Feb 26, 2013
Antichamber is a magnificently experimental and abstract game that shows its creator’s clearly inventive and brilliant mind off perfectly. Yet it’s a game that is self defeating on a number of levels.
Most importantly Antichamber is two things, an abstract first person exploration game and a creative puzzler built to test your understanding of the world and a 3d space.
It uses Non-Euclidean space and ideas to distort how the world works. Turning a corner can lead to an unexpected place or constantly turning to the right several times in a row can.
Head down a set of stairs and you might just be as likely to find yourself at the top of the same set of stairs again and again, over and over until you go back to where you came only to find it not as you remembered.
While the game encourages you to question logical conventions of the 3d space and test what is possible for you to do you can’t really question anything. At all times you are being lead down a distinct path. The game is constructed in such a way that you will always go where it wants, see what it shows you and do what it requires you to move on.
While the abstract obstacles presented to you are technically puzzles, more often than not you do little to no thinking to progress past them.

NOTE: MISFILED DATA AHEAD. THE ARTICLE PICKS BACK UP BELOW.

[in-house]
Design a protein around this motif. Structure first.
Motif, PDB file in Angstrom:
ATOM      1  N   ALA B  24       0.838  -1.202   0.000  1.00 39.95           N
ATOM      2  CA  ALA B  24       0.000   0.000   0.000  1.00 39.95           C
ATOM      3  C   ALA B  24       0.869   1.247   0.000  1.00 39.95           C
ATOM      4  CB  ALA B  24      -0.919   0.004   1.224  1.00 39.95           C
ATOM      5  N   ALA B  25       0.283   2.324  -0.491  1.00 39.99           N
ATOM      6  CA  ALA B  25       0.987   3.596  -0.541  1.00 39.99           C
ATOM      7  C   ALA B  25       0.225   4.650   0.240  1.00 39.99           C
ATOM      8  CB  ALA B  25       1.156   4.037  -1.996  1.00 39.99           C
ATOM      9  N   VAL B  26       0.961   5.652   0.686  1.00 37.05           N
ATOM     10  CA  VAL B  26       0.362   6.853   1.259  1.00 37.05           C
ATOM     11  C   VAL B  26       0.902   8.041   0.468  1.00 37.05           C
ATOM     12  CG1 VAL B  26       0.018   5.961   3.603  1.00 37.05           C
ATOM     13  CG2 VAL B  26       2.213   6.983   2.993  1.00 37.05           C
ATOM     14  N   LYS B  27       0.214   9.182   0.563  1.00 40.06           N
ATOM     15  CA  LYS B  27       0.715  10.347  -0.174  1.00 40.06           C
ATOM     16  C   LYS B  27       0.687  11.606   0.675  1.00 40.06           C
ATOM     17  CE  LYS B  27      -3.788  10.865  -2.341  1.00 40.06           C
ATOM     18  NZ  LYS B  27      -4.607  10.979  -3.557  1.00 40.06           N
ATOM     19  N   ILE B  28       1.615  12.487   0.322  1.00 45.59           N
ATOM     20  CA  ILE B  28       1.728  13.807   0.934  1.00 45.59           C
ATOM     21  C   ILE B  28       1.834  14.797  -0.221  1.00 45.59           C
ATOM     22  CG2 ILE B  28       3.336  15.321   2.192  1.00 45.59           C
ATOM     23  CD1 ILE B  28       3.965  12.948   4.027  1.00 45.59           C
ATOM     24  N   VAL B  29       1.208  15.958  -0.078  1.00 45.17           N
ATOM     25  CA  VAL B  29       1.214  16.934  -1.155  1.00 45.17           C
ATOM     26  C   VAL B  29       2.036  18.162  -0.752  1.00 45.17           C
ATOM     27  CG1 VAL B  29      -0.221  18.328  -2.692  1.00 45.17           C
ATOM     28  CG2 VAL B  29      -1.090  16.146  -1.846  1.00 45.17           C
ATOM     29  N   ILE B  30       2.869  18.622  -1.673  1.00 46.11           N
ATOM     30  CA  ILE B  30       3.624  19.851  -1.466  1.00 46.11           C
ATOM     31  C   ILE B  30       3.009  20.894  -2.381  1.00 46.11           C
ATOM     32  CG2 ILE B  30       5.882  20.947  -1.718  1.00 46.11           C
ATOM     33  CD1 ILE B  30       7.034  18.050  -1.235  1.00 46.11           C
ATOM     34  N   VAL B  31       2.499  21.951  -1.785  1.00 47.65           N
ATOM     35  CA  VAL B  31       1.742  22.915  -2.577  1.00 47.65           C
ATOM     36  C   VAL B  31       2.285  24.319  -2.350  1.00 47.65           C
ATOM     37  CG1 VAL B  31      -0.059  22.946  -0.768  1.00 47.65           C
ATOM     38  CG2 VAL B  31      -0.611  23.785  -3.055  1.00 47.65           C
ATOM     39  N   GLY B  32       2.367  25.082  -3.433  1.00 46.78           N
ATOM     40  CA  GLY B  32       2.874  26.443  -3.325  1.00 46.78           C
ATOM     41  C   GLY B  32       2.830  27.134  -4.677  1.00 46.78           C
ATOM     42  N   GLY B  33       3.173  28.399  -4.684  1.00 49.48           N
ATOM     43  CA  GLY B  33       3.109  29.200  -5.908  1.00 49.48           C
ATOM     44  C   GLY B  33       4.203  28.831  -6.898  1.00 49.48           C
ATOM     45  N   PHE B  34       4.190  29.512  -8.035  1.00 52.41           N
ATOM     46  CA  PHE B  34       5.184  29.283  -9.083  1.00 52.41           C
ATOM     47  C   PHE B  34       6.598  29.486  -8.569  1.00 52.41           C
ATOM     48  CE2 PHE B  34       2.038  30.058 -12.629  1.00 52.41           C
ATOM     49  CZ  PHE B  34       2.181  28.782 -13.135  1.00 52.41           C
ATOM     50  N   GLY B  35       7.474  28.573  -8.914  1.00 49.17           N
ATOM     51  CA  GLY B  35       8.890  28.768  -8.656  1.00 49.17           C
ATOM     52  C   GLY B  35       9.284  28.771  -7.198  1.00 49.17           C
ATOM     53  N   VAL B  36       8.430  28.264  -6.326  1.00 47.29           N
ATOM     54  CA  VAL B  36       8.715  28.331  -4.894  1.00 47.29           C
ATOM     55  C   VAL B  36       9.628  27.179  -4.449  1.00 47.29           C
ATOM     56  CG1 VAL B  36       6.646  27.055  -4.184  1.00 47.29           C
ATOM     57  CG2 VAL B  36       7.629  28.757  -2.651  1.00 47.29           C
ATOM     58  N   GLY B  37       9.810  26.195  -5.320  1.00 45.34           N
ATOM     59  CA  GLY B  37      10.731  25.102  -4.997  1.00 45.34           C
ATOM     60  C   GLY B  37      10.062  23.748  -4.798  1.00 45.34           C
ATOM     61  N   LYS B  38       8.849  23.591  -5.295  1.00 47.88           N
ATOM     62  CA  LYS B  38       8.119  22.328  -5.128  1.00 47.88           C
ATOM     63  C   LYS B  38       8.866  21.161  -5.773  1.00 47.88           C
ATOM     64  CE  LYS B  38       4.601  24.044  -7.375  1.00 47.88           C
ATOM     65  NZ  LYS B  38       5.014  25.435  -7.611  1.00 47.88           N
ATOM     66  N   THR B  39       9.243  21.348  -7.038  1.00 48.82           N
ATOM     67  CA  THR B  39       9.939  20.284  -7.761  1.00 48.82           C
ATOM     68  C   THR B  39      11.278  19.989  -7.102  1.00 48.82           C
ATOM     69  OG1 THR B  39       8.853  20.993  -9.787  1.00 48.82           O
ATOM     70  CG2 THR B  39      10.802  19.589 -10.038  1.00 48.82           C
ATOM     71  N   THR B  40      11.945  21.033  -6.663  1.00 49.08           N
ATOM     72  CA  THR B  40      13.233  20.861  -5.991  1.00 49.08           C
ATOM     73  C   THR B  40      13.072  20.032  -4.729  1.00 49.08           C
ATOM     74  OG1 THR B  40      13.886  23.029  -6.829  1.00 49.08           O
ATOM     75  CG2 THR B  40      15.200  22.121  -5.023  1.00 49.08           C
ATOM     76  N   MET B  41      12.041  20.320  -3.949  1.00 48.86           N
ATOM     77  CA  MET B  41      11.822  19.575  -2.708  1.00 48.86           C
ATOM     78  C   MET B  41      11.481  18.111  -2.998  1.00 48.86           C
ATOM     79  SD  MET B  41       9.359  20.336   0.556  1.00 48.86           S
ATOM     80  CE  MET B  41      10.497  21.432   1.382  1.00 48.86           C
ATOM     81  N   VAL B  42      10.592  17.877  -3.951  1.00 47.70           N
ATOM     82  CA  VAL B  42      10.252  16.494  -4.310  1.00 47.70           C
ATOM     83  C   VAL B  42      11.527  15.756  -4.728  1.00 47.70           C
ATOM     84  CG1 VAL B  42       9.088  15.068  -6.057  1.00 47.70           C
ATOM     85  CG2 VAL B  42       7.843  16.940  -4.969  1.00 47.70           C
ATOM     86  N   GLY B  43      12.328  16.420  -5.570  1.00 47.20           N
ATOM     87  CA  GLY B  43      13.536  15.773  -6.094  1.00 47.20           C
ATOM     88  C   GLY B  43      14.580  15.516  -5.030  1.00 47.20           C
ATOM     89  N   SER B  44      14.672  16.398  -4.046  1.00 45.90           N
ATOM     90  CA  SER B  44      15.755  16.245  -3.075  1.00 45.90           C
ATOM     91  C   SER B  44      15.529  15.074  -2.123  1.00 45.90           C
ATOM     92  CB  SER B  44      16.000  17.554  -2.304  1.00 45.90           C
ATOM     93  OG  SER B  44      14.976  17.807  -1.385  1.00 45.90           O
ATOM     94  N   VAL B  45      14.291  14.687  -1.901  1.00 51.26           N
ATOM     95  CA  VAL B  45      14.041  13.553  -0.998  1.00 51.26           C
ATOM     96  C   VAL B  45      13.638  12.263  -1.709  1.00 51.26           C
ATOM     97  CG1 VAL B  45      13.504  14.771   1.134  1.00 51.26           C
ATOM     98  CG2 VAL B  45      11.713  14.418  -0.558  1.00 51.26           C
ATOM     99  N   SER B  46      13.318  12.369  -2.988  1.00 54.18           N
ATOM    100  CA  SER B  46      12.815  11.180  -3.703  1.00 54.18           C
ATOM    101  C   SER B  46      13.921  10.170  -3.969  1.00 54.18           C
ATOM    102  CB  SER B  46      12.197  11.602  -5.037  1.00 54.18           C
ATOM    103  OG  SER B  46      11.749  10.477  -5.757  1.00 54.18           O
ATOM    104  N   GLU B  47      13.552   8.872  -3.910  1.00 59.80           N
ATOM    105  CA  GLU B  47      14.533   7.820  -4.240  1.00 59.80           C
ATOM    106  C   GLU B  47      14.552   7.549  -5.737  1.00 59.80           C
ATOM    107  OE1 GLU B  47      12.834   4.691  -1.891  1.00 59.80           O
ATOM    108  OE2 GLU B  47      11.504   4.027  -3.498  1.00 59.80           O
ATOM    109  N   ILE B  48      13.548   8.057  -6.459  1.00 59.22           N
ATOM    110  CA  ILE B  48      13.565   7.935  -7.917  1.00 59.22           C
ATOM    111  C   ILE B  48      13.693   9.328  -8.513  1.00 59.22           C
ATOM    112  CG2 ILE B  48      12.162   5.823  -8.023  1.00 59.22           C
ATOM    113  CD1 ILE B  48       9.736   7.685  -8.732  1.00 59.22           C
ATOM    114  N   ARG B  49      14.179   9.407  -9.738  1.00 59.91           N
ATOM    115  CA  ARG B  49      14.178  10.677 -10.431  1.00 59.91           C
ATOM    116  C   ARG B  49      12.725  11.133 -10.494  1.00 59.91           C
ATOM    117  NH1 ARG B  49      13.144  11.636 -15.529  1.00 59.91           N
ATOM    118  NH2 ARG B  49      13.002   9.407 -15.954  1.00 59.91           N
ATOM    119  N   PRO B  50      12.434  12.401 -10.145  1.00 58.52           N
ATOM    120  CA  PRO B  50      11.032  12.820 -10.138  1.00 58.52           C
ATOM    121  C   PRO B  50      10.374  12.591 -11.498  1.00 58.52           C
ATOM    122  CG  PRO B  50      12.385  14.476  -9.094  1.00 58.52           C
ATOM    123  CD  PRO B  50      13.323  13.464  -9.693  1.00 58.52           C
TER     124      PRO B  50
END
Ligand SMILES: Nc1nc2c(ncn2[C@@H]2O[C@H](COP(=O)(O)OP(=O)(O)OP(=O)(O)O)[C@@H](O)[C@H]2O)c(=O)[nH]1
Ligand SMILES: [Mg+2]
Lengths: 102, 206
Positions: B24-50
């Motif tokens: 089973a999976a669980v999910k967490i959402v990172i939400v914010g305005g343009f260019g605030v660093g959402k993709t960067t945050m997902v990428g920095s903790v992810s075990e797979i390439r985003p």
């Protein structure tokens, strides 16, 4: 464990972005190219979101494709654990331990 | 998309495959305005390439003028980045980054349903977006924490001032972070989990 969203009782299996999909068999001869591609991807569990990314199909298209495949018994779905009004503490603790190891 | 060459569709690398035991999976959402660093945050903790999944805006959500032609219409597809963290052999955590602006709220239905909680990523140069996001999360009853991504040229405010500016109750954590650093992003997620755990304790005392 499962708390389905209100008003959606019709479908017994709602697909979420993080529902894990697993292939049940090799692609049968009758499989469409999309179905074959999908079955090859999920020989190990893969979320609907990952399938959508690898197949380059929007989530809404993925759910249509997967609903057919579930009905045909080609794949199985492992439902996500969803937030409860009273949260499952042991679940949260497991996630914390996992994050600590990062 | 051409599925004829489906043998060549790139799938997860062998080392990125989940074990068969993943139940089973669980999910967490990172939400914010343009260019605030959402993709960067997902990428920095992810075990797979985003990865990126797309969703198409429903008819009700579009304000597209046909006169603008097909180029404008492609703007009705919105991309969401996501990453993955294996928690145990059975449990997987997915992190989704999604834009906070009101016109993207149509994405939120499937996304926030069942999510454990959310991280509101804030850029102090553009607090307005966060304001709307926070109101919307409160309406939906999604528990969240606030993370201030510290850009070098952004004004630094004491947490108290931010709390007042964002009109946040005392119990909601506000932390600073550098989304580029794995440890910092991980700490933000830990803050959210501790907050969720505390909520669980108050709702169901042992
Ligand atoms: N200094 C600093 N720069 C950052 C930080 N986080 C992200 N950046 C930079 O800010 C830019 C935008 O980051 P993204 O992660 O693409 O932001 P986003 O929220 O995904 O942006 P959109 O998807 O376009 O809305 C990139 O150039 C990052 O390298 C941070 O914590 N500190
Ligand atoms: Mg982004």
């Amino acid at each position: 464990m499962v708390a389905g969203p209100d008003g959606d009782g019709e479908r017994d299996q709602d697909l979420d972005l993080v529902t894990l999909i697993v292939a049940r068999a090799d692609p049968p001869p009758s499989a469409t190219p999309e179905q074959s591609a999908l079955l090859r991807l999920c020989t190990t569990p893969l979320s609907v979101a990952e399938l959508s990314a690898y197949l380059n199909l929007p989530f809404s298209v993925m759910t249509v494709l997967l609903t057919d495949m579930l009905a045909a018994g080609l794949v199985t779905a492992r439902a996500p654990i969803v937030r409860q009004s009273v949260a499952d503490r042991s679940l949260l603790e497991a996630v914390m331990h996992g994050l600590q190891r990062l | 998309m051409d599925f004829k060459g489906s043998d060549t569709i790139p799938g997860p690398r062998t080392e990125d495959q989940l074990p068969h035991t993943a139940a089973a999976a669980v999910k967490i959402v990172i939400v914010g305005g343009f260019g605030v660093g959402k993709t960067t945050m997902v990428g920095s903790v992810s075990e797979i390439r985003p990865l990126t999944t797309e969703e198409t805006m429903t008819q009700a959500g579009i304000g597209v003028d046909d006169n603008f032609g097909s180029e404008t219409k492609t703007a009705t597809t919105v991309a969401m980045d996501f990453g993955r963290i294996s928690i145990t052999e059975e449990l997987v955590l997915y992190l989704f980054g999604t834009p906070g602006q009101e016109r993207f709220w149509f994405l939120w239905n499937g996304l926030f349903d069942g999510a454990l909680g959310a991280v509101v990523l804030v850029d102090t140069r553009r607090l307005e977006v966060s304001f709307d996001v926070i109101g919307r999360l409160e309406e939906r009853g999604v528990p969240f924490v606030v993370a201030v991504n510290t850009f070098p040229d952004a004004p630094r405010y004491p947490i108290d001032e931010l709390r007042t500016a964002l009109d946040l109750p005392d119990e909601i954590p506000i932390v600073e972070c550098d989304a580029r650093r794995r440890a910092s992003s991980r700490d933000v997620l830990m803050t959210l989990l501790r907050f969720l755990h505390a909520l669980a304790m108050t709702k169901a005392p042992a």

That’s not to suggest there aren’t a few moments where you are challenged or tested but these are few and far between, once you know how the world of antechamber works its rules are firmly in place and easy to follow.
At a later stage in your exploration you soon receive a tool that you require to progress. Once you have it you are able to manipulate some more puzzles or situations you couldn’t before and see more than you were originally allowed but this is still no more that a simplistic key.
Antichamber is at is most simplistic no more than an old house full of doors. Nearly all the doors are open to you and those that are not only really require picking up the correct object to open.
Antichamber is a fantastic ride but in creating a world with its own rules it still gives you rules to follow and follow you must. You have a simple and obvious path to follow; it might be a path that goes round in impossible circles and through walls; it’s still a path.
This distinct and diverse experience and is something that should be seen at least once even if you can’t quite grasp or come to grips with everything that’s taking place but it’s not the mental challenge some might expect.
Antichamber is a museum to the abstract, one with interesting, entertaining and enlightening sights and sounds. Relax, take a walk at your own pace and don’t forget to visit the gift shop on your way out